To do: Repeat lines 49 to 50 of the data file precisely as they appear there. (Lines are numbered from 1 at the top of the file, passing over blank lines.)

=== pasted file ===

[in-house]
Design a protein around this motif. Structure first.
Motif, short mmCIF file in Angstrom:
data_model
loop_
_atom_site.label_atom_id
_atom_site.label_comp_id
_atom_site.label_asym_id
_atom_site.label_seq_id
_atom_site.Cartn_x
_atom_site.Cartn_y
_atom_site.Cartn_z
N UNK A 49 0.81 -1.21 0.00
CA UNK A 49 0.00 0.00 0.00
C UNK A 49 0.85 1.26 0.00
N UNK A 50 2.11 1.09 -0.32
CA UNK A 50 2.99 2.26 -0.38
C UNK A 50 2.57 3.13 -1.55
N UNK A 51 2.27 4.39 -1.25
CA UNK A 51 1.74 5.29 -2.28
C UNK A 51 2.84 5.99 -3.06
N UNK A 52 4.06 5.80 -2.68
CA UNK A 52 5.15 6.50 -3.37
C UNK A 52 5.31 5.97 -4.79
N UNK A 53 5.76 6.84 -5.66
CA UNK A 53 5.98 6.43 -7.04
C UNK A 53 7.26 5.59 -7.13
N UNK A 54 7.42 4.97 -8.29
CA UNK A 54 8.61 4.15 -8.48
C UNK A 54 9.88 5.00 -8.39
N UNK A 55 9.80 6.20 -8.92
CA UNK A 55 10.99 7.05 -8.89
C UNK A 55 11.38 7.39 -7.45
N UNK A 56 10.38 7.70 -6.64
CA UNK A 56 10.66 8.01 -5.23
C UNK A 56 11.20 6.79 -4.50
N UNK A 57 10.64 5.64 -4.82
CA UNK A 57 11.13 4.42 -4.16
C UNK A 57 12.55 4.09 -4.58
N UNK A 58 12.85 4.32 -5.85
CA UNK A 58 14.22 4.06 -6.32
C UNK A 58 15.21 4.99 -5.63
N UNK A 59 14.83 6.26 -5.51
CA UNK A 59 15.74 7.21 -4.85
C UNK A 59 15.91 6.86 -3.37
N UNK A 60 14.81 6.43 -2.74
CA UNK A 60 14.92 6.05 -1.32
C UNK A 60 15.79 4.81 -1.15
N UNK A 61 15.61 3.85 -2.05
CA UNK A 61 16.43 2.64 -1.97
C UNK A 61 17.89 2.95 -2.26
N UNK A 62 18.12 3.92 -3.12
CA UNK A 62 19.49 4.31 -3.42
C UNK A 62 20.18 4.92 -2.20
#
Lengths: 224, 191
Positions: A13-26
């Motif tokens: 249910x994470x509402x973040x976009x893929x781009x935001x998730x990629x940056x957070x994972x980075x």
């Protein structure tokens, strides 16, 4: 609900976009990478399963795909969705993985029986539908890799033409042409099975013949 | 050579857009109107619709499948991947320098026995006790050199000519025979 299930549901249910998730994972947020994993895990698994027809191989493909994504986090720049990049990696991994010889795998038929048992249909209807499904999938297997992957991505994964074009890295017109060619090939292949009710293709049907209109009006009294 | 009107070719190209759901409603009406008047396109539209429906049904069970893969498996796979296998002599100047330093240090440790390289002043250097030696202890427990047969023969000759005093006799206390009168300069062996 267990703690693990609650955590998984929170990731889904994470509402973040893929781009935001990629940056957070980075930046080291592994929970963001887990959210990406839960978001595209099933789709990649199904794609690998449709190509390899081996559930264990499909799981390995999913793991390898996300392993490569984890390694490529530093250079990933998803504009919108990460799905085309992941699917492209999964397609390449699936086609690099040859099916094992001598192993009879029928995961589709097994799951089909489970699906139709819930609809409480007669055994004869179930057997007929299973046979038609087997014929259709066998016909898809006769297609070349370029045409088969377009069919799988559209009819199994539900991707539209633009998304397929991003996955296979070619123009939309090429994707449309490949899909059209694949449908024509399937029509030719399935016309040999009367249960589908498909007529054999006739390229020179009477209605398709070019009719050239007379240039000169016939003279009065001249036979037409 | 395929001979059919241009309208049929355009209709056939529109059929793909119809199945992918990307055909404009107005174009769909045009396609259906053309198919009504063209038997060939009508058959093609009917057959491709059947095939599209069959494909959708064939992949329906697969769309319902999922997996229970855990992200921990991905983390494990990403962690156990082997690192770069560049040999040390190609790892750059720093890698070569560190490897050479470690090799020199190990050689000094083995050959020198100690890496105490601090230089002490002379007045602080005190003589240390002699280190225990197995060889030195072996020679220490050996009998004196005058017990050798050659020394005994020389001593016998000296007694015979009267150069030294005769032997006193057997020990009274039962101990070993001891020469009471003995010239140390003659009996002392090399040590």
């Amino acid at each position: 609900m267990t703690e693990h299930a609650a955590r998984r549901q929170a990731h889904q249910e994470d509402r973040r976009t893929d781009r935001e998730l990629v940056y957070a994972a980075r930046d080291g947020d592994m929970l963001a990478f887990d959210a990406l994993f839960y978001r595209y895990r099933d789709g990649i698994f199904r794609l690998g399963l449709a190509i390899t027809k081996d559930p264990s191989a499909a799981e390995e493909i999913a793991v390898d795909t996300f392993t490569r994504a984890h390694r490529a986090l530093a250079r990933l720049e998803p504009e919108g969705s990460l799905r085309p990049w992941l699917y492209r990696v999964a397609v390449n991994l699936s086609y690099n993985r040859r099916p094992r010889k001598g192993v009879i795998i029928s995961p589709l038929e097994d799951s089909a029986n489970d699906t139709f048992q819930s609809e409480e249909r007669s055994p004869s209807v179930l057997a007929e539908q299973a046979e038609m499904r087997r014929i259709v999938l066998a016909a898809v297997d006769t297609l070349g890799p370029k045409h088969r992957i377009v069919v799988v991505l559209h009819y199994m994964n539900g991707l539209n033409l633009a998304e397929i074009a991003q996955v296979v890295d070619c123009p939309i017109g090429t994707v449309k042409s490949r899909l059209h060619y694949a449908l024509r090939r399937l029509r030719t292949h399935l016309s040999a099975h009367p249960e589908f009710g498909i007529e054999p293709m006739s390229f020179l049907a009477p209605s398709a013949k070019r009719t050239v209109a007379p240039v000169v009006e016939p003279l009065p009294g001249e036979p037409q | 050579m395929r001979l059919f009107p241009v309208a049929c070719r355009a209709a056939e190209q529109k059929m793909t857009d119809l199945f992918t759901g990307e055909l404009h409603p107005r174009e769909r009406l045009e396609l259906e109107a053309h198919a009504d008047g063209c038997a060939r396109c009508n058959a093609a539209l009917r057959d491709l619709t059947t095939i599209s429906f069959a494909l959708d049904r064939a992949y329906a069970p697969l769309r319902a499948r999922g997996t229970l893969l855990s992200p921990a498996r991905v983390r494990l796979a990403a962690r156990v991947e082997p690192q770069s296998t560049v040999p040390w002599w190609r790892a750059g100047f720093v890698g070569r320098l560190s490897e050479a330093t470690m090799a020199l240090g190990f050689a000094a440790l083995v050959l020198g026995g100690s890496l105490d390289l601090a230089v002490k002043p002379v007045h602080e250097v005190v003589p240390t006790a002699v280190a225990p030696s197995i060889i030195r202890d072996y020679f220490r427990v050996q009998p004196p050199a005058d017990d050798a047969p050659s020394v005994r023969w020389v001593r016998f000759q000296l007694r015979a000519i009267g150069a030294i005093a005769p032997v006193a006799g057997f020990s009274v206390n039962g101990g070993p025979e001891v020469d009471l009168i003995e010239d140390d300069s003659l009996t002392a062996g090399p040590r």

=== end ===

N UNK A 61 15.61 3.85 -2.05
CA UNK A 61 16.43 2.64 -1.97